TRAINERS are a dime a dozen in the market. To stand out from the crowd, the trainer needs to differentiate himself from others.
Traditionally, trainers just focused on the training itself. The modern trainers envision themselves as businesspersons. That is how I coined the term "trainerpreneur" - a marriage of training and entrepreneurship.
A trainerpreneur views training as an ongoing business venture instead of a mere instructor's job. His business is driven by creativity and innovation.
A traditional trainer communicates only with his participants. A trainerpreneur engages in a three-way communication - with his participants, the training department and the management of companies for which he conducts training. Some of the attributes a trainerpreneur should have are:
A good trainer can draw participation from the class. If participants contribute, they feel they are part of the workshop. If they can claim ownership of the learning process, learning becomes fun and meaningful.
The trainer needs to be approachable, amicable and unassuming. Invite contributions and see things from the participants' model of the world. Encourage shy participants to speak up.
The greater the involvement, the more participants learn. For participants who contribute, praise them loudly and publicly. For those who err, correct them privately. Do not judge those who try and fail.
Every trainer needs to create his own niche and style. A trainer's unique training techniques, style and personality can shine at the workshop to engage the participants. Use your strengths. One of my colleagues uses magic, another sings and yet another draws cartoons to hammer home the learning points.
Keep yourself relevant with state-of-the-art learning technologies. Be enthusiastic. It is contagious and rubs off on your participants.
A good trainer employs a variety of teaching techniques to reach out to different types of learners. In a typical workshop of 20 participants, there are visual, auditory and kinesthetic learners.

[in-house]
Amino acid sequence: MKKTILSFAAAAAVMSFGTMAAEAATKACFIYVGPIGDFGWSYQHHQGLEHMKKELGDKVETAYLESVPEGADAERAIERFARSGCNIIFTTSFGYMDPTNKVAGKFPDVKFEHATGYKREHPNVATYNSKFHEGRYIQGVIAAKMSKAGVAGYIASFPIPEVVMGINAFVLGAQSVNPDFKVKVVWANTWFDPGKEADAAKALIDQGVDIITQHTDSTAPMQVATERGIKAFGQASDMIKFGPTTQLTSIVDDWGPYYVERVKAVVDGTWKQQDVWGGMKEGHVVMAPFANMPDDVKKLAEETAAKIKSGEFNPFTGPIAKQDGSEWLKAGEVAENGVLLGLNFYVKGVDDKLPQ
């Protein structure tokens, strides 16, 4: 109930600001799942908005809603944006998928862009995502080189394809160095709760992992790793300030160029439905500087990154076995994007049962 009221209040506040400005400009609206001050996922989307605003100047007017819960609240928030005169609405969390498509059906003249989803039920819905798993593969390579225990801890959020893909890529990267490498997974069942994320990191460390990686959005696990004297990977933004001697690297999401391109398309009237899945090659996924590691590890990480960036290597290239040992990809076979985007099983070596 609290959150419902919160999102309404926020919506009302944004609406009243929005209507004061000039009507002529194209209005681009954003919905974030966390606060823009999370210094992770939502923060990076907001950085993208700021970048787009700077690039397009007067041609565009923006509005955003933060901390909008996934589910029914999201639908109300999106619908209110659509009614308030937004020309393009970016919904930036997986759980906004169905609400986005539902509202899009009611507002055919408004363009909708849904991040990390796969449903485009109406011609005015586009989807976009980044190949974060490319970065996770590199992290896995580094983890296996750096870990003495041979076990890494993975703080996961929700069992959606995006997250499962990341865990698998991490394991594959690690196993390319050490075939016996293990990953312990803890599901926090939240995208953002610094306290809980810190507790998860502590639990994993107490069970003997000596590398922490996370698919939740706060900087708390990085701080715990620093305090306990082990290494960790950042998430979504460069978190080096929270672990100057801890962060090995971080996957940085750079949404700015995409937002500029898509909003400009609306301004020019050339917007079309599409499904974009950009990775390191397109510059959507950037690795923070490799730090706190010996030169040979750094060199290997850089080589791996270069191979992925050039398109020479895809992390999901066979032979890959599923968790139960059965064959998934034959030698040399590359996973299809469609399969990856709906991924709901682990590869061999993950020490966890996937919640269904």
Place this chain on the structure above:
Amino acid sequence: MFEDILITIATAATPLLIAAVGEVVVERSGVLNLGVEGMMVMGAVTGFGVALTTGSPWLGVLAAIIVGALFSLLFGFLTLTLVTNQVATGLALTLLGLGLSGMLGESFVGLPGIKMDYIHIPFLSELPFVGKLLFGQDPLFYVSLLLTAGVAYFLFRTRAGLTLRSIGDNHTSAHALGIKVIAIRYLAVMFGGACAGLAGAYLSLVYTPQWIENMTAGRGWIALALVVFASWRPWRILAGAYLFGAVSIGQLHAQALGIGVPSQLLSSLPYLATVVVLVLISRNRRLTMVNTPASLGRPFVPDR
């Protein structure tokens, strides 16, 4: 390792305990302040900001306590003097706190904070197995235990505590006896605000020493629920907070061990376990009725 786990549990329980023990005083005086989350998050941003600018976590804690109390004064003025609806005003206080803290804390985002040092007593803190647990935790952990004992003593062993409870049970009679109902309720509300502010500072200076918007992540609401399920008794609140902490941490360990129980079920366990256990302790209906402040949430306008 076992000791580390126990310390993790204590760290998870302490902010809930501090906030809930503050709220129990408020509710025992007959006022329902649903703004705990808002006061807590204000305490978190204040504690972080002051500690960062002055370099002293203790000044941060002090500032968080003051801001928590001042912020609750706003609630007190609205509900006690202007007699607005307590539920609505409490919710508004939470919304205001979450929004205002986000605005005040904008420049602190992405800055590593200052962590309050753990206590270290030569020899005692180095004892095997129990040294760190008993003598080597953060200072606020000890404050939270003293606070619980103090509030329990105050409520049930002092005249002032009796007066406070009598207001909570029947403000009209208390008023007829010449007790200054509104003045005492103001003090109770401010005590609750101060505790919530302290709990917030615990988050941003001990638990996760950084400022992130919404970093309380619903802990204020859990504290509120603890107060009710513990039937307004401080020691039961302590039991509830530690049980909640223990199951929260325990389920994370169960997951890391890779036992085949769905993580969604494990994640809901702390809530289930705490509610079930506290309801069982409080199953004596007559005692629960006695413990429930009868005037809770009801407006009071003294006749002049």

Different methodologies enable various learners to learn in their preferred styles. Moreover, employing different techniques makes the workshop interesting. Participants anticipate surprises and their minds will not wander away from the main topic.
Emotional Quotient (EQ) is more valuable than Intelligence Quotient (IQ) in training. A high EQ trainer listens to the needs and concerns of participants. Patience is a desirable trait as some learners are slower than others. He creates a safe environment for participants to learn without any fear of embarrassment or ignorance. Aiding the weak and managing the strong is the hallmark of an empathic trainer.
A communicative trainer speaks ABCD - Accurately, Briefly, Clearly and Dramatically. He gives an overview of the workshop, proceeds to cover the contents and concludes by driving home the points he wants the audience to act on.
A marketing-focused trainer makes himself visible in the crowded marketplace. In emphasising the unique features found wanting in his competitors, he stands out. He harnesses guerilla warfare in his marketing strategy - inexpensive but effective marketing tools.
These techniques include, but are not limited to, letters to editors of newspapers and magazines, contributing articles to newsletters and journals, giving free talks and previews, telemarketing, search engine optimisation and e-mail marketing.
A successful trainer networks regularly. You do not know when you will meet your next customer. Every time you train a class of 20, you have 20 potential sales executives who can promote you and your programmes. Word-of-mouth (WOM) marketing is the freest but most potent force in selling.
Obtain feedback and evaluate yourself continually. You learn more from your mistakes than your successes.